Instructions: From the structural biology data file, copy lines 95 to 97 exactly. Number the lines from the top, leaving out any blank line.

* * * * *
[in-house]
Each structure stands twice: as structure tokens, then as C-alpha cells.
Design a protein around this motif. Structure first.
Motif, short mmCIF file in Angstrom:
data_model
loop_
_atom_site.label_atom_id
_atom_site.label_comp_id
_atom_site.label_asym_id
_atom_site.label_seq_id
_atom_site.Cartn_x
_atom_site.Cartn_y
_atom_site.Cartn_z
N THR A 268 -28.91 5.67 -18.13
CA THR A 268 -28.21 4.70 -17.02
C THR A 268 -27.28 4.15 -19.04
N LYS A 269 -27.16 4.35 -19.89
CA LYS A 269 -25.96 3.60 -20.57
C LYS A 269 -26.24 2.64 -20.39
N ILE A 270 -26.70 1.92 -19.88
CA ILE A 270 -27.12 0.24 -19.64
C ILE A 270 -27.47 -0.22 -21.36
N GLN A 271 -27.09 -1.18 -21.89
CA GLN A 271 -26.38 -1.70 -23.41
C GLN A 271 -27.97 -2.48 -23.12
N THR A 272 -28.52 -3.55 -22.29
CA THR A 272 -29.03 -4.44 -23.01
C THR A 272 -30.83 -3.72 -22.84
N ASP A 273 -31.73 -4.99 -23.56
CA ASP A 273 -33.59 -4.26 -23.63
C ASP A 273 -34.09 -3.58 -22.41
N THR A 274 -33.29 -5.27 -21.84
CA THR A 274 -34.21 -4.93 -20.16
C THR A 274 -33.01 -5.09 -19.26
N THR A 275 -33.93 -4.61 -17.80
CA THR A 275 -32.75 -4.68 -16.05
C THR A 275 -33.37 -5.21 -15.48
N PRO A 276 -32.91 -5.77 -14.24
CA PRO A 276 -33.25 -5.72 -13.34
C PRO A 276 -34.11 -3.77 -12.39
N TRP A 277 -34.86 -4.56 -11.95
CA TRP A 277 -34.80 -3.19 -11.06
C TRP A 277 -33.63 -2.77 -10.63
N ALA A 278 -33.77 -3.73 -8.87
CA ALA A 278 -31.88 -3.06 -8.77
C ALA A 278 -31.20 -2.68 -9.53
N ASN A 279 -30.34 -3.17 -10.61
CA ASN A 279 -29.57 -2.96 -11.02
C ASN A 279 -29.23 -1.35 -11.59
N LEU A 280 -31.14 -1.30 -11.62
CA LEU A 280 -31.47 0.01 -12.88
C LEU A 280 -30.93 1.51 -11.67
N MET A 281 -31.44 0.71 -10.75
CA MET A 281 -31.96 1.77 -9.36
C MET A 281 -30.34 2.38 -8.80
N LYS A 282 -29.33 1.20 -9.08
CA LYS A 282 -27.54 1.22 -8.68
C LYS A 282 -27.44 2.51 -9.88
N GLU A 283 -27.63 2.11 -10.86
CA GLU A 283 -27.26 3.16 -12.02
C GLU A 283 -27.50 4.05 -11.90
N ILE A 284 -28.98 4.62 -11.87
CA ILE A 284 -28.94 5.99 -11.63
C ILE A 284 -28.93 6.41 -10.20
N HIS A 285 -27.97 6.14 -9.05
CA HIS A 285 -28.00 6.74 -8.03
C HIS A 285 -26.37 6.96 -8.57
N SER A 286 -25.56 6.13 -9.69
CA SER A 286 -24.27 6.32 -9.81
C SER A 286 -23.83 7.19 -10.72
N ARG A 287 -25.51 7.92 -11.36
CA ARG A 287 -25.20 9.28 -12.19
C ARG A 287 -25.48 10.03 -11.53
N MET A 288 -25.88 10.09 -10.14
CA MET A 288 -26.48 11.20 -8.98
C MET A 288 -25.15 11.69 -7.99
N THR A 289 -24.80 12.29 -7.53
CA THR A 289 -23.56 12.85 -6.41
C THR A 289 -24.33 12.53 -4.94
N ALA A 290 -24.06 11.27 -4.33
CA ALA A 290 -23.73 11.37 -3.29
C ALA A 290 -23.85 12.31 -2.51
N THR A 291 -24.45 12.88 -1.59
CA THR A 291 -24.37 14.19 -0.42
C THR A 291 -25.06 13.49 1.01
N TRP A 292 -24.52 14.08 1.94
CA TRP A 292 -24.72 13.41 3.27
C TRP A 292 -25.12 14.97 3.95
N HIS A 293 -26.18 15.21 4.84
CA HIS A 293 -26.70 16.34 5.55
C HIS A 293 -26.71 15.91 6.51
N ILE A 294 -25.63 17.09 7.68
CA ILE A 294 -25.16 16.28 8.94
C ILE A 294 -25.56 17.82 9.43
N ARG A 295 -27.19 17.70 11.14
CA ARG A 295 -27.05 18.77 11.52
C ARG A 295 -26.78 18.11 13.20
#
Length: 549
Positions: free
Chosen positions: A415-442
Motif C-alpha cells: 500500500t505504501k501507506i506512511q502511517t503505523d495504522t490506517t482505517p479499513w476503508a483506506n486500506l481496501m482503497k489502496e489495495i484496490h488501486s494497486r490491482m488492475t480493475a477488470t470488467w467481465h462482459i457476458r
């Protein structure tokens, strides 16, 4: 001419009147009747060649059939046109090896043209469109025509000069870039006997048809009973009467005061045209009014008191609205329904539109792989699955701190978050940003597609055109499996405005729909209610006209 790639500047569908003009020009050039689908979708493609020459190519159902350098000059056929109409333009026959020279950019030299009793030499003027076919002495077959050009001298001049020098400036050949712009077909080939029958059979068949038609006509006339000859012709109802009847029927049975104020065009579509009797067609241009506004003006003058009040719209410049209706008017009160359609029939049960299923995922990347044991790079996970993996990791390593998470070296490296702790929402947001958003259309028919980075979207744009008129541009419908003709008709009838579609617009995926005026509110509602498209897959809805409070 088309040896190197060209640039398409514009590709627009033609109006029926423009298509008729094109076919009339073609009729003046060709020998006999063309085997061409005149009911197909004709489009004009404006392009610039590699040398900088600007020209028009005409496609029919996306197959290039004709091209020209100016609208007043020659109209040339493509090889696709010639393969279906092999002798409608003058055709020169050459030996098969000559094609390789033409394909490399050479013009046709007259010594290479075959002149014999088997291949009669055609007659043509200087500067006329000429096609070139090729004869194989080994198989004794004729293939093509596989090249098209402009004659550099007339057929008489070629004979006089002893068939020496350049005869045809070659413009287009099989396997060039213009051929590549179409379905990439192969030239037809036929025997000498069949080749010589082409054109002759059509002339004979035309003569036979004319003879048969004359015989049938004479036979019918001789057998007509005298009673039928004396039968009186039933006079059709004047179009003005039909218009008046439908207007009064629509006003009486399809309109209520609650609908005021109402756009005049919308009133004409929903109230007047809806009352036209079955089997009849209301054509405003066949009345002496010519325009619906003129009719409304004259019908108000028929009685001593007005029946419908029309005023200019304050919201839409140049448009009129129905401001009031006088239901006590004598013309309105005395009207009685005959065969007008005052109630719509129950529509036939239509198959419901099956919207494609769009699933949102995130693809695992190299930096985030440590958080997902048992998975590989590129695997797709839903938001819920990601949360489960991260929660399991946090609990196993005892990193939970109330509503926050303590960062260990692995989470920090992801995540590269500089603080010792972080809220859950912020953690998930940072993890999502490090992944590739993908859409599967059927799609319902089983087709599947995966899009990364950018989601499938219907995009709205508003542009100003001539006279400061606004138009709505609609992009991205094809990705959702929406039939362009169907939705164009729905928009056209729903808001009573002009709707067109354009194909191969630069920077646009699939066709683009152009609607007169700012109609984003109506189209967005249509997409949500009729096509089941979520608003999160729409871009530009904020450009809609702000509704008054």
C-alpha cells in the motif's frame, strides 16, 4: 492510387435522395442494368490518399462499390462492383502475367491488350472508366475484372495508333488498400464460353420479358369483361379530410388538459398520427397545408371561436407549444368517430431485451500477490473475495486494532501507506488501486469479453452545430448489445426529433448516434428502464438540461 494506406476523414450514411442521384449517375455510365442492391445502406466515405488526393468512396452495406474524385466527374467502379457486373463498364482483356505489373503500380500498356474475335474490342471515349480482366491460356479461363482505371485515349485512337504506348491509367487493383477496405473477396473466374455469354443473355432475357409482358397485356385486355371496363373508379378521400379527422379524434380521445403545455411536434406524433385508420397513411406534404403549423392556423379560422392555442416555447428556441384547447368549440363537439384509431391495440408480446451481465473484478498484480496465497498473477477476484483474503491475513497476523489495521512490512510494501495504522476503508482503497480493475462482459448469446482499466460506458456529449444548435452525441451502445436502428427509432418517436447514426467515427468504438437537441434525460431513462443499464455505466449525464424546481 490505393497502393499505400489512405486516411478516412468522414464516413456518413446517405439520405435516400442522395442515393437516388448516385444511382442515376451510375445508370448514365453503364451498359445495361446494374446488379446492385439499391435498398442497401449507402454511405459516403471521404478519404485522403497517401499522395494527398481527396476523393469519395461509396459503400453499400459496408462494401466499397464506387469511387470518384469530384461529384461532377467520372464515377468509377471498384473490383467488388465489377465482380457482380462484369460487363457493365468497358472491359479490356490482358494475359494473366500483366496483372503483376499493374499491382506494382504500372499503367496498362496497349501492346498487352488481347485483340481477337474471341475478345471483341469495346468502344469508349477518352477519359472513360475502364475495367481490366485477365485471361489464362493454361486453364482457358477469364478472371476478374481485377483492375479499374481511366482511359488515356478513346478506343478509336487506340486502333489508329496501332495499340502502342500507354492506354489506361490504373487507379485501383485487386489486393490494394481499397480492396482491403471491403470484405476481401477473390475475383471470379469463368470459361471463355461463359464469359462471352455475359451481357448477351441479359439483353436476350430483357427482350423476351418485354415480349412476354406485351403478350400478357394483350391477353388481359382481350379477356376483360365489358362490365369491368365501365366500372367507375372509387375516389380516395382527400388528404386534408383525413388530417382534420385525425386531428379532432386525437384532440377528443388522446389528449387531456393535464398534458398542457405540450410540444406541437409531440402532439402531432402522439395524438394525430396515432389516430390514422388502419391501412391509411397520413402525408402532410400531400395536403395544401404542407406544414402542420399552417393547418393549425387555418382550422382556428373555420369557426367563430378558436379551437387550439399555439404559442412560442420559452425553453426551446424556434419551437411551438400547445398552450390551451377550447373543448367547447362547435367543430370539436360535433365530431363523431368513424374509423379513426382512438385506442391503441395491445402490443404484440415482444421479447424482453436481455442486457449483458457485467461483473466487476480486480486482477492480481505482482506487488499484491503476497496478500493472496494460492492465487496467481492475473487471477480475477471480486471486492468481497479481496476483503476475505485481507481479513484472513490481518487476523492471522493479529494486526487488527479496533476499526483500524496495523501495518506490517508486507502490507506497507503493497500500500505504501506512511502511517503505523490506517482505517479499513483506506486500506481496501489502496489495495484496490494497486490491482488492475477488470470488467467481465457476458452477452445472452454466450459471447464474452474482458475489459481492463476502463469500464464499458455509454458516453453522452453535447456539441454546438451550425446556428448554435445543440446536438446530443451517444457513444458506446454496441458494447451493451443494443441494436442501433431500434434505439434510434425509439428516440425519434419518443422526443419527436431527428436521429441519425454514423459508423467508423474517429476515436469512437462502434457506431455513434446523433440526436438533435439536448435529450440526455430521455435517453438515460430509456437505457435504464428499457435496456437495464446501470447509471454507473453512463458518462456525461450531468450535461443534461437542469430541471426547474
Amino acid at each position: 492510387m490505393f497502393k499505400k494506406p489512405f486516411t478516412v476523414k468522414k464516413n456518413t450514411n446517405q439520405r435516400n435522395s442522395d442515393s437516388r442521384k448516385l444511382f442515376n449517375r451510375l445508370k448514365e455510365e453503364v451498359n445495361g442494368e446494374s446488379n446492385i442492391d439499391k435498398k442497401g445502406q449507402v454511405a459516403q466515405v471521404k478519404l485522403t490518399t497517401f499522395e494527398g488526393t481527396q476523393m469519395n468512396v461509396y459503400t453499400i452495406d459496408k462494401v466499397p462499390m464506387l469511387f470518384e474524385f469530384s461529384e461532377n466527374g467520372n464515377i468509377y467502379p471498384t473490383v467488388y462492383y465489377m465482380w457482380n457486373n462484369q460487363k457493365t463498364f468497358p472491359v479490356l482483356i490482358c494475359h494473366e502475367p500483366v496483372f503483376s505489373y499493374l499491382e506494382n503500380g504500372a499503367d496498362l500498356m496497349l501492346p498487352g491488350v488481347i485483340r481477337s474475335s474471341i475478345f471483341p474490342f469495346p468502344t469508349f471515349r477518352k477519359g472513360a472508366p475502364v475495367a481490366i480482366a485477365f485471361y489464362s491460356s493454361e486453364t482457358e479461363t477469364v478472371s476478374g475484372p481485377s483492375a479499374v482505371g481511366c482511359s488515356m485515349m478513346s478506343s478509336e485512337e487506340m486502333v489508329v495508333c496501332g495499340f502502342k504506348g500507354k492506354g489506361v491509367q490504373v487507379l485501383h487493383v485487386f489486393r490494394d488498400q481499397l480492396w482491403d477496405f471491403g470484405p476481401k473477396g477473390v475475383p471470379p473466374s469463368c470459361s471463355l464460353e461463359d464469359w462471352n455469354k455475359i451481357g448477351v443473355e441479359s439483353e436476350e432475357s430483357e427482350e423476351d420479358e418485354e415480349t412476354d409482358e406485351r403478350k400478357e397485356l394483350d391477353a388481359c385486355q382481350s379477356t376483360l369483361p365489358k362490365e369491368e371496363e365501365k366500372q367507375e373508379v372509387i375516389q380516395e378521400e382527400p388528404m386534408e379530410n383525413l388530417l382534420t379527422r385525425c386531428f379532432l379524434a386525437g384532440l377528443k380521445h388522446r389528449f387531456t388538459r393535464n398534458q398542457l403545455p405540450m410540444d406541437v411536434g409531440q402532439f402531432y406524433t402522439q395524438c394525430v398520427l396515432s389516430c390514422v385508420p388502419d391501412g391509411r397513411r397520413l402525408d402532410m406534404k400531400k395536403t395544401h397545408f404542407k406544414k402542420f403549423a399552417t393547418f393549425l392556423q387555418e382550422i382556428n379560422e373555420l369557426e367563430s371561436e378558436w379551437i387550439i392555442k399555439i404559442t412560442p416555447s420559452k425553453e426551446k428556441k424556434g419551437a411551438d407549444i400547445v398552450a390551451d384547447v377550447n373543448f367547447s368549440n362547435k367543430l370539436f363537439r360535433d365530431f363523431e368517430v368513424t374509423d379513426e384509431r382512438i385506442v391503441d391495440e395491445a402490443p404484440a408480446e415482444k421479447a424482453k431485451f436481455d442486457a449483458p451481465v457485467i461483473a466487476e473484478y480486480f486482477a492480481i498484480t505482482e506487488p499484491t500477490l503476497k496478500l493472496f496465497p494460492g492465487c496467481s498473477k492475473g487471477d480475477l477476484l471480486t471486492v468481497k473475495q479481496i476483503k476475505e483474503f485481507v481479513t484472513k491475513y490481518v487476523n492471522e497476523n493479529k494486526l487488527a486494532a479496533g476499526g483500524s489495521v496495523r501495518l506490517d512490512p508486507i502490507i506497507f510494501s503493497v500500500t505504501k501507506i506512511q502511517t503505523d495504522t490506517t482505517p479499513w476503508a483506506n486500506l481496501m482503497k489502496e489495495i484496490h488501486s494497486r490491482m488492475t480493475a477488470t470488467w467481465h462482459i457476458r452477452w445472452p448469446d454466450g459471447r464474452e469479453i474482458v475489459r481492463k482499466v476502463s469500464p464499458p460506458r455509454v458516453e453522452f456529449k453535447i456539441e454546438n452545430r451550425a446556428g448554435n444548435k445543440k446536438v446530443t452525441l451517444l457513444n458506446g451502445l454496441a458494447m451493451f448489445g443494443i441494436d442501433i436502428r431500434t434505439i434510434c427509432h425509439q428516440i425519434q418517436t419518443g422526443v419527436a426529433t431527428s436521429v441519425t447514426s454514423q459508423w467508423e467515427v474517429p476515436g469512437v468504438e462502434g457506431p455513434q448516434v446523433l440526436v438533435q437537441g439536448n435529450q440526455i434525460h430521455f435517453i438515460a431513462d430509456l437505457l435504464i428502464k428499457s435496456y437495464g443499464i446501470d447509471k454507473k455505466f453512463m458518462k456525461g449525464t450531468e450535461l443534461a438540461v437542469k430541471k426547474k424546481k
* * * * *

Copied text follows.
N ARG A 295 -27.19 17.70 11.14
CA ARG A 295 -27.05 18.77 11.52
C ARG A 295 -26.78 18.11 13.20